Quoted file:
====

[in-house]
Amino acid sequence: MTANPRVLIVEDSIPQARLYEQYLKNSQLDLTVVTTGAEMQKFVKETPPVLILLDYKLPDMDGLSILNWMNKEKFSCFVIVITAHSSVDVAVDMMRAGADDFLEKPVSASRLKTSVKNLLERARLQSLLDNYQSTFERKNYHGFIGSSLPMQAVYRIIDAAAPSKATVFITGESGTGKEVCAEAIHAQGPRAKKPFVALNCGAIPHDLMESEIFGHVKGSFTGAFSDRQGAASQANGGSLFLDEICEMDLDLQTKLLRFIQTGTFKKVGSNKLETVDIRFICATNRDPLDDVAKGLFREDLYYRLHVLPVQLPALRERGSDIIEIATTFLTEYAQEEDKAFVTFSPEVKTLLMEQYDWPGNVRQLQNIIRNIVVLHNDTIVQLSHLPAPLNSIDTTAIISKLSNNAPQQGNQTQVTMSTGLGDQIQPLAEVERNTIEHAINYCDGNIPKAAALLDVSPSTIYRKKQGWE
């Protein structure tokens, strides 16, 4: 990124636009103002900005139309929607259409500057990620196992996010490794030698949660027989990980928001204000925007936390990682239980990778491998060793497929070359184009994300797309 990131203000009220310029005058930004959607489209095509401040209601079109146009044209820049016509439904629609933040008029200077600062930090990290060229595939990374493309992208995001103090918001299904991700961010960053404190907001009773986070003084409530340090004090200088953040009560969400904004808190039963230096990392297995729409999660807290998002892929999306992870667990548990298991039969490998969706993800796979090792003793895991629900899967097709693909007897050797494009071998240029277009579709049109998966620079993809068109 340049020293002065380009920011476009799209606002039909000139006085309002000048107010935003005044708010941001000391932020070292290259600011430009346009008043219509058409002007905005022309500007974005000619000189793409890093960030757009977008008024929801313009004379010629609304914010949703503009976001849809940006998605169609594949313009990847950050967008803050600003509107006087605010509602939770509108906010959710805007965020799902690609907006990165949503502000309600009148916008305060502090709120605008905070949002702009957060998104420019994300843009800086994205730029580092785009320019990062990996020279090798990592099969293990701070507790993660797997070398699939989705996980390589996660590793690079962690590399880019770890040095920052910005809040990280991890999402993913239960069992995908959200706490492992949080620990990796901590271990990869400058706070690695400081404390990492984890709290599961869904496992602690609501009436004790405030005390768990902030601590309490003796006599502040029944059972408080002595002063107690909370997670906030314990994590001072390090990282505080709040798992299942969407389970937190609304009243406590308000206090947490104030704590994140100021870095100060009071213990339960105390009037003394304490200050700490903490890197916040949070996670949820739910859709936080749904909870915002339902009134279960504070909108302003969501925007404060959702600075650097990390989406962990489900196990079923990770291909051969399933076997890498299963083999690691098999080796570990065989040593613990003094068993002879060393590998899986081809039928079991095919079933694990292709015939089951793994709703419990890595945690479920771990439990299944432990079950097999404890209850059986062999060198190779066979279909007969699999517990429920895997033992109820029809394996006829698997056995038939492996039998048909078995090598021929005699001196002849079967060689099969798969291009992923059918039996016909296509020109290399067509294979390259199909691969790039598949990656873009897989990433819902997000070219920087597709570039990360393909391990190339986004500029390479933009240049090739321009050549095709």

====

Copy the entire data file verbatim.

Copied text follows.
[in-house]
Amino acid sequence: MTANPRVLIVEDSIPQARLYEQYLKNSQLDLTVVTTGAEMQKFVKETPPVLILLDYKLPDMDGLSILNWMNKEKFSCFVIVITAHSSVDVAVDMMRAGADDFLEKPVSASRLKTSVKNLLERARLQSLLDNYQSTFERKNYHGFIGSSLPMQAVYRIIDAAAPSKATVFITGESGTGKEVCAEAIHAQGPRAKKPFVALNCGAIPHDLMESEIFGHVKGSFTGAFSDRQGAASQANGGSLFLDEICEMDLDLQTKLLRFIQTGTFKKVGSNKLETVDIRFICATNRDPLDDVAKGLFREDLYYRLHVLPVQLPALRERGSDIIEIATTFLTEYAQEEDKAFVTFSPEVKTLLMEQYDWPGNVRQLQNIIRNIVVLHNDTIVQLSHLPAPLNSIDTTAIISKLSNNAPQQGNQTQVTMSTGLGDQIQPLAEVERNTIEHAINYCDGNIPKAAALLDVSPSTIYRKKQGWE
């Protein structure tokens, strides 16, 4: 990124636009103002900005139309929607259409500057990620196992996010490794030698949660027989990980928001204000925007936390990682239980990778491998060793497929070359184009994300797309 990131203000009220310029005058930004959607489209095509401040209601079109146009044209820049016509439904629609933040008029200077600062930090990290060229595939990374493309992208995001103090918001299904991700961010960053404190907001009773986070003084409530340090004090200088953040009560969400904004808190039963230096990392297995729409999660807290998002892929999306992870667990548990298991039969490998969706993800796979090792003793895991629900899967097709693909007897050797494009071998240029277009579709049109998966620079993809068109 340049020293002065380009920011476009799209606002039909000139006085309002000048107010935003005044708010941001000391932020070292290259600011430009346009008043219509058409002007905005022309500007974005000619000189793409890093960030757009977008008024929801313009004379010629609304914010949703503009976001849809940006998605169609594949313009990847950050967008803050600003509107006087605010509602939770509108906010959710805007965020799902690609907006990165949503502000309600009148916008305060502090709120605008905070949002702009957060998104420019994300843009800086994205730029580092785009320019990062990996020279090798990592099969293990701070507790993660797997070398699939989705996980390589996660590793690079962690590399880019770890040095920052910005809040990280991890999402993913239960069992995908959200706490492992949080620990990796901590271990990869400058706070690695400081404390990492984890709290599961869904496992602690609501009436004790405030005390768990902030601590309490003796006599502040029944059972408080002595002063107690909370997670906030314990994590001072390090990282505080709040798992299942969407389970937190609304009243406590308000206090947490104030704590994140100021870095100060009071213990339960105390009037003394304490200050700490903490890197916040949070996670949820739910859709936080749904909870915002339902009134279960504070909108302003969501925007404060959702600075650097990390989406962990489900196990079923990770291909051969399933076997890498299963083999690691098999080796570990065989040593613990003094068993002879060393590998899986081809039928079991095919079933694990292709015939089951793994709703419990890595945690479920771990439990299944432990079950097999404890209850059986062999060198190779066979279909007969699999517990429920895997033992109820029809394996006829698997056995038939492996039998048909078995090598021929005699001196002849079967060689099969798969291009992923059918039996016909296509020109290399067509294979390259199909691969790039598949990656873009897989990433819902997000070219920087597709570039990360393909391990190339986004500029390479933009240049090739321009050549095709």